The revelation that a clear majority of voters at least partially blame Brexit for surging food prices and stubbornly high inflation will only add to the pressure that has been building on Rishi Sunak over trade terms with the EU.

The Prime Minister has this month faced calls from his own MPs to rework the Brexit deal, amid an existential threat to the UK car industry that has led to demands for a renegotiation.

That came amid a backdrop of Chancellor Jeremy Hunt tacitly backing a huge increase in immigration to boost flagging economic growth, and briefings from the Government that the UK is considering a “Swiss-style” Brexit to boost trade ties with the EU.

Although he was a Leaver, Mr Sunak is also showing signs of trying to smooth over the roughest edges of the post-Brexit relationship with the EU, signing the Windsor Framework agreement on Northern Ireland and resetting relations with Brussels.

He has also ditched plans to scrap, review or retain all EU laws by the end of this year, another sign of increasing pragmatism in the Government.

Food price inflation signposts the next potential flashpoint for the Government, which is still vowing to push ahead with the long-delayed introduction of full border controls for food imports from the EU in October.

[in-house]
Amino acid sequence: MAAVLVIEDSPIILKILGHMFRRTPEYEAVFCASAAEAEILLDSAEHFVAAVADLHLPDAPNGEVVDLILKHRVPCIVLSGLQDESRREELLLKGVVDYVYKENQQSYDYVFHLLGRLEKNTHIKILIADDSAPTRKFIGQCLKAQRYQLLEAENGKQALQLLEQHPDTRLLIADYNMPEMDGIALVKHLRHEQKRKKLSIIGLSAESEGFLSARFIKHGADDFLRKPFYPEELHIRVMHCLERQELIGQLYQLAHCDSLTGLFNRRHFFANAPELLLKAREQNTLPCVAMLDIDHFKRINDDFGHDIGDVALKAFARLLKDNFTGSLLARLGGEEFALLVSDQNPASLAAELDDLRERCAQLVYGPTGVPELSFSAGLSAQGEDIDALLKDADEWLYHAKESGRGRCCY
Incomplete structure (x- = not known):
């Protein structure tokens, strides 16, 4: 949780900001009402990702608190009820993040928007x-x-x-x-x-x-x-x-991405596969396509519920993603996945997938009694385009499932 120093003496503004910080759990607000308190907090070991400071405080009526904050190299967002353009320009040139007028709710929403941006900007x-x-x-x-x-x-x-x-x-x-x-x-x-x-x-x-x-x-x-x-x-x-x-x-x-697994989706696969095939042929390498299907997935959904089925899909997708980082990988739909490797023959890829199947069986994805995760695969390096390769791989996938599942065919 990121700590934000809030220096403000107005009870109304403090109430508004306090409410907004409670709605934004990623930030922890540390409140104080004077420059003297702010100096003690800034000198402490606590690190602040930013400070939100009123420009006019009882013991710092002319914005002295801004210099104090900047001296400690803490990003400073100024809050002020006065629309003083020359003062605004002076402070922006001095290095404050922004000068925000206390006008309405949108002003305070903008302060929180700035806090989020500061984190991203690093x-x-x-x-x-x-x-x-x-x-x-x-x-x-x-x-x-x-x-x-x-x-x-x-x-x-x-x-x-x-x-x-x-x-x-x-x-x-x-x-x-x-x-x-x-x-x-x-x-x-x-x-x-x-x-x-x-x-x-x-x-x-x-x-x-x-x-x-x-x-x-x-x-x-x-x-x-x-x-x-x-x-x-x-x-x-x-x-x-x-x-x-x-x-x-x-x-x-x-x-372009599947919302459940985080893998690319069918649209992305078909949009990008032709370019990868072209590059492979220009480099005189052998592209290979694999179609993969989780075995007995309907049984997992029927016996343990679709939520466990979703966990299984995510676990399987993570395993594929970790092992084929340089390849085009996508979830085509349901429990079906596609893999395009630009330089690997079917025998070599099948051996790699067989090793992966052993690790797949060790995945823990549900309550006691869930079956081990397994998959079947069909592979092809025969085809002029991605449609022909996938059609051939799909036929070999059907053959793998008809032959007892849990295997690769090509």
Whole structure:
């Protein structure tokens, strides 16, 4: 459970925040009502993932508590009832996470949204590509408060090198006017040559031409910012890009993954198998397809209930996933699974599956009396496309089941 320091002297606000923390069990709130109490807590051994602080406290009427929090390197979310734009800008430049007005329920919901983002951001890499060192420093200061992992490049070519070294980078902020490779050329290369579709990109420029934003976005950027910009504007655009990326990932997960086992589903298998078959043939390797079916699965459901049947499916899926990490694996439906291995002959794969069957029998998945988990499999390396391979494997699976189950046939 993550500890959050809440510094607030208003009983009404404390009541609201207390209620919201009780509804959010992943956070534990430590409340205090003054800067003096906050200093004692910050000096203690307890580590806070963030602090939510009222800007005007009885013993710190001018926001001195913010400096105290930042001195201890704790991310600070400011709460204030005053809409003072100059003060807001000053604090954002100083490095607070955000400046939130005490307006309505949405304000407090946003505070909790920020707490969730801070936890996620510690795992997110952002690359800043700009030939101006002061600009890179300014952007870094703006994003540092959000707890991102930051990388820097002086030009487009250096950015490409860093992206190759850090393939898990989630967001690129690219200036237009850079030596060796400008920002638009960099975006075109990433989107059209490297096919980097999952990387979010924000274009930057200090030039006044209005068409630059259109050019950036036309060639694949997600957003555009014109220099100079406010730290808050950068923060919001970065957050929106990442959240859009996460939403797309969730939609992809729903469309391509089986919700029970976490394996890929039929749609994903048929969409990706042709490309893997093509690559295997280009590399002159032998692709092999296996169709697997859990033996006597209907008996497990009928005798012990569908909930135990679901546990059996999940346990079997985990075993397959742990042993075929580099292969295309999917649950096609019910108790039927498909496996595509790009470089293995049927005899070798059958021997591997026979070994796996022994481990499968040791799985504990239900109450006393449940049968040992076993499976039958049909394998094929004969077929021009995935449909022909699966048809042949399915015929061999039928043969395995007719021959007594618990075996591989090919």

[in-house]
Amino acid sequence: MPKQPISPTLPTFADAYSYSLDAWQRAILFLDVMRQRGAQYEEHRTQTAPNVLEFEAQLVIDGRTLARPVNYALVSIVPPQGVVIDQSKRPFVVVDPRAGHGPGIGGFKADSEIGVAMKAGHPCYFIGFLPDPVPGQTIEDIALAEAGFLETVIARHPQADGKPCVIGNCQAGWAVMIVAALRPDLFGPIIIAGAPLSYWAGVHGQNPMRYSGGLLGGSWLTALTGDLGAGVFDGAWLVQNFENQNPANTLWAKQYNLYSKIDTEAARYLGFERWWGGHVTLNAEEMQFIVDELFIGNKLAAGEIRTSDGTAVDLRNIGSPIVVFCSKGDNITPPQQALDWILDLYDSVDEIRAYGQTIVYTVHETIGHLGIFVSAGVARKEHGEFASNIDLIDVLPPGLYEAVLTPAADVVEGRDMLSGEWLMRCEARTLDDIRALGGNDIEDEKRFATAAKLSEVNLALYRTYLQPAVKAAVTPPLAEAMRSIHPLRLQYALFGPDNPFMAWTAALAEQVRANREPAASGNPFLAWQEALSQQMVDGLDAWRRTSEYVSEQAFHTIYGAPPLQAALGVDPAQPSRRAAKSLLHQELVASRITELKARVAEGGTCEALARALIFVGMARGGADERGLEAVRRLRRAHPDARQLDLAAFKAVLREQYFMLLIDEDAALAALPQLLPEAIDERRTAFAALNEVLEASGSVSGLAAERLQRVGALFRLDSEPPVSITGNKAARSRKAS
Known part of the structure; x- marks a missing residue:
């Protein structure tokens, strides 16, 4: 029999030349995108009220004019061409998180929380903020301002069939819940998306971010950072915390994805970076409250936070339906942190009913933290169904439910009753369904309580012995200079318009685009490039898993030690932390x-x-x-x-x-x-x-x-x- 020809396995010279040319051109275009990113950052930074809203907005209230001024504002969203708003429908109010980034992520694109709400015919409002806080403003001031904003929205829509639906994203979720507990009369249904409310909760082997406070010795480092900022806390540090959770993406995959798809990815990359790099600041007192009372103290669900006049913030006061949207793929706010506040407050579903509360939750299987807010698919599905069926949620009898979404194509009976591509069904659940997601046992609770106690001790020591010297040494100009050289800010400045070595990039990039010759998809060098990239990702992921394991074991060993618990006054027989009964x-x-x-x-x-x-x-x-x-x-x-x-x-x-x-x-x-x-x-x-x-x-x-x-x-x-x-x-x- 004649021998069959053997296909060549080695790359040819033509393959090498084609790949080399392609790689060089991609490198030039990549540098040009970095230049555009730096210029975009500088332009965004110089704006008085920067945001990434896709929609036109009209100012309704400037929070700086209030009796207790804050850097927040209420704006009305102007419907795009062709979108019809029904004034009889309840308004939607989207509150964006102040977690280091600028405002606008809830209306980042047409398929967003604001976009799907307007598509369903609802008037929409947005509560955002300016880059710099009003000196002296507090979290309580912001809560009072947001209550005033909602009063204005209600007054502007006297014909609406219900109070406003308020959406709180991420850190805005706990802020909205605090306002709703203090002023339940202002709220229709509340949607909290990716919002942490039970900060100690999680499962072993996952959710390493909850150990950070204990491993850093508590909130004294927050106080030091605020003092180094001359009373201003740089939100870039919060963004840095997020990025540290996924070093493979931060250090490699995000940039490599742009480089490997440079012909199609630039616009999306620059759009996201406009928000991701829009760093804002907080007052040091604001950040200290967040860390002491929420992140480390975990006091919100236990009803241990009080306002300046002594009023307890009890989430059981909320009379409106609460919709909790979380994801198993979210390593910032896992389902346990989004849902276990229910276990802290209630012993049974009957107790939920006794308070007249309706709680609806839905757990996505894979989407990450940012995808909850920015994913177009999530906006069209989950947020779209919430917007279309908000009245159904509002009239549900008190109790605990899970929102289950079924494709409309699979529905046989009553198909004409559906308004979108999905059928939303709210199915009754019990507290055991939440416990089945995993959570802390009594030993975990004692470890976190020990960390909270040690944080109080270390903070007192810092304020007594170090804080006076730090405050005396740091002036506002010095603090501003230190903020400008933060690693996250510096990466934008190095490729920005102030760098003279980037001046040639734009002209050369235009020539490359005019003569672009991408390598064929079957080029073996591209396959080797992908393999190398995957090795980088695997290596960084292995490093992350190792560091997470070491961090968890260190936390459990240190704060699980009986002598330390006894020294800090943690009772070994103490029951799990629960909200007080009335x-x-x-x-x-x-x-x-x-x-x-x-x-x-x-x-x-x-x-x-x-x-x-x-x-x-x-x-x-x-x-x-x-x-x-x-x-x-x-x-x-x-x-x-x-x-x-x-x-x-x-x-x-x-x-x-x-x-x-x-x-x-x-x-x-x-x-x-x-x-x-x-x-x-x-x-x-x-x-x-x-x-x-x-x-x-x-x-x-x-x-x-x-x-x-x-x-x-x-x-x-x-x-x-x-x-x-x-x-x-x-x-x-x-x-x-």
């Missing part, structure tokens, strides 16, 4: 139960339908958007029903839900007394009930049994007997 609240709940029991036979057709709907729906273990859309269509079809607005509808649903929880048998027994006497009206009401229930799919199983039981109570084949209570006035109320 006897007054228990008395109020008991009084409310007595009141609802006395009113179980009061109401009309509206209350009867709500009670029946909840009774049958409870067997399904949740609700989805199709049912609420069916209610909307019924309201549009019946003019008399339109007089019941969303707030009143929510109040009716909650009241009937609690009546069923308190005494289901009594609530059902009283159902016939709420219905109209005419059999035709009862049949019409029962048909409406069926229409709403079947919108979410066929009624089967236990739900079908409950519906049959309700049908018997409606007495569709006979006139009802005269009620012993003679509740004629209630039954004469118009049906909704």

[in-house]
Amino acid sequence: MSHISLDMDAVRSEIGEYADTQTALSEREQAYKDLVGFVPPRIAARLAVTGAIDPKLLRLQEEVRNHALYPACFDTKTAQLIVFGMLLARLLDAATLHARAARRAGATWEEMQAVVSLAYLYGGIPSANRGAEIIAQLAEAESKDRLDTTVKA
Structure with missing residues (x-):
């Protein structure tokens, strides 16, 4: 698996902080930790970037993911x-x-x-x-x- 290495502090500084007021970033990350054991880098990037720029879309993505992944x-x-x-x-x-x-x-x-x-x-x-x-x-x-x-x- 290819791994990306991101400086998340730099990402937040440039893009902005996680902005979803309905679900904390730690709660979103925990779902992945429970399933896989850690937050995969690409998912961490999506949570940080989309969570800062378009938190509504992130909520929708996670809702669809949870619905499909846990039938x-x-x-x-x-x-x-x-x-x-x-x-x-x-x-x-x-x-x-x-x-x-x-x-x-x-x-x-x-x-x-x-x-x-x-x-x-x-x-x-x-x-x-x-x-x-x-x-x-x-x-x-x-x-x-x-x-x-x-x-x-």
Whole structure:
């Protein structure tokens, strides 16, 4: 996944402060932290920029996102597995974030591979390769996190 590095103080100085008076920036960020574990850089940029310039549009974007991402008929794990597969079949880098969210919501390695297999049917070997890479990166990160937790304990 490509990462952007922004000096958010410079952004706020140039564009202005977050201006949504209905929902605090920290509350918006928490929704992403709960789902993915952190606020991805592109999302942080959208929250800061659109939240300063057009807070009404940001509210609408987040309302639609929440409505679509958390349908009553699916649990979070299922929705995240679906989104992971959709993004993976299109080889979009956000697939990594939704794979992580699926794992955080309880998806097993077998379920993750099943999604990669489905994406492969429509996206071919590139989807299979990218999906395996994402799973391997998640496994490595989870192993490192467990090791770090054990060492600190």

These were delayed by ministers last year to help ease the cost of living crisis, and with the price of a supermarket shop continuing to rise, they are sure to come under pressure to show similar pragmatism again.

But failing to actually erect a full border with the EU seven years after the country voted to do just that, it begs the question of whether the so-called hard Brexit negotiated by Boris Johnson, with the UK largely free of Brussels rules (if it wants to be) is sustainable.

The issue is unlikely to reach a crunch point before the next election, mainly because Sir Keir Starmer does not want to touch it in any meaningful way.

Members of his frontbench have likened the Labour leader to someone carrying a Ming Vase, wary of doing anything to shatter the commanding poll lead that looks set to put him in No 10.

But even if that is the right approach as Sir Keir looks to return Labour to office after a long exile, this new polling showing voters believe Brexit has had a negative impact on everything from the economy, NHS and public services, suggests the issue could become more dominant once he is in office.

He will need to find a way to balance the economic and political imperatives without alienating one side or the other – a challenge that UK leaders have so failed to meet.

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